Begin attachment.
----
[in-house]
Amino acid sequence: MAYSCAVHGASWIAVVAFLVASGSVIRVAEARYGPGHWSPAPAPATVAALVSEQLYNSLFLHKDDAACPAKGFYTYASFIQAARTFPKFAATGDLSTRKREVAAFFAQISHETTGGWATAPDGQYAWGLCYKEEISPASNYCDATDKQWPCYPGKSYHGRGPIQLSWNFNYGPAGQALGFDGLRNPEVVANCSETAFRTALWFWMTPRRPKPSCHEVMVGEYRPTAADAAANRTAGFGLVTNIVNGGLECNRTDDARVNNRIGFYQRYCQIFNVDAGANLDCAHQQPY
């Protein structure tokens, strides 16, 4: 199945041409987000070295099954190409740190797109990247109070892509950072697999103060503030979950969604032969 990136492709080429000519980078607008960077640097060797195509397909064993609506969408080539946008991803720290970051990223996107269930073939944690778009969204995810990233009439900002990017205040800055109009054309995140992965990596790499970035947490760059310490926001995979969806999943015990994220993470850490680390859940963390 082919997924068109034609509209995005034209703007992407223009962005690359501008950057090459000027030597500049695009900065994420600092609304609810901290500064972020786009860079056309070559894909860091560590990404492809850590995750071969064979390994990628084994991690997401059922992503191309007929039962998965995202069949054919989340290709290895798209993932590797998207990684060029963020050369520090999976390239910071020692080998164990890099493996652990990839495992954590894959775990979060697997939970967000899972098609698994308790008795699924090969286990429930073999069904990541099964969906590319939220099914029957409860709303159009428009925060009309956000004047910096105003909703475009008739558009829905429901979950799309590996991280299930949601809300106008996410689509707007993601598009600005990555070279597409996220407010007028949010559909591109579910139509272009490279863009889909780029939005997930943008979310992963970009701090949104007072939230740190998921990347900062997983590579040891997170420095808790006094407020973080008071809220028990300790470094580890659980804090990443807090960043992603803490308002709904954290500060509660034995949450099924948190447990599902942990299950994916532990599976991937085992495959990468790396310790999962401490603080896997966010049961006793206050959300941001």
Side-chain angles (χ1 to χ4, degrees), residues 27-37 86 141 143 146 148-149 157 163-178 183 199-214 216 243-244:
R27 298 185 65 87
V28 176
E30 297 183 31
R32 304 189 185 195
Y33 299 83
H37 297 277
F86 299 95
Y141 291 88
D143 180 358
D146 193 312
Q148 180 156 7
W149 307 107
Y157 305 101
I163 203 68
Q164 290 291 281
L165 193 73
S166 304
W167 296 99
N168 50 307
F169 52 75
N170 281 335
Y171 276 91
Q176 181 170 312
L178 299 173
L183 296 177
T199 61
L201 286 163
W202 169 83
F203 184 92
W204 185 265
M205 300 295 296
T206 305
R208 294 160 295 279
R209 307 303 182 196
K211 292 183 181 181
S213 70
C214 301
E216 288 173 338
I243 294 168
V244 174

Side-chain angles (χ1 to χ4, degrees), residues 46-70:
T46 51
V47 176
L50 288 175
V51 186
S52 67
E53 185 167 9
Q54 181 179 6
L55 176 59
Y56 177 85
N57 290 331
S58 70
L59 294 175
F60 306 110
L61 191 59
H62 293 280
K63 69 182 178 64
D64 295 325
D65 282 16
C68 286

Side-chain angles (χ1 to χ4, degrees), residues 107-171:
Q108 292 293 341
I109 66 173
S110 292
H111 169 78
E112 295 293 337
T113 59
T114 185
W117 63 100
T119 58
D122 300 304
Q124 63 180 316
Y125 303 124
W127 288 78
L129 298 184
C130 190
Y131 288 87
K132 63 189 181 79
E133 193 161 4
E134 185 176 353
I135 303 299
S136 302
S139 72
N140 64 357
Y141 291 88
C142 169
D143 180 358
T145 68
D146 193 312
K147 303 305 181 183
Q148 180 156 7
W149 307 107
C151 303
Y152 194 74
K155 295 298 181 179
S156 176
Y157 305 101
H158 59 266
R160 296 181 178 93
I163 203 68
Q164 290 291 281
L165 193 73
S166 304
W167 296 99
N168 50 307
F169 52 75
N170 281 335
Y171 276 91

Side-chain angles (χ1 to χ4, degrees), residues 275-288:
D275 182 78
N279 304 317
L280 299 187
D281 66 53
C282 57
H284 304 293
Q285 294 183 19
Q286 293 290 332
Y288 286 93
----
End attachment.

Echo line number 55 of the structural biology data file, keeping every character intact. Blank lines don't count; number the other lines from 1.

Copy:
N57 290 331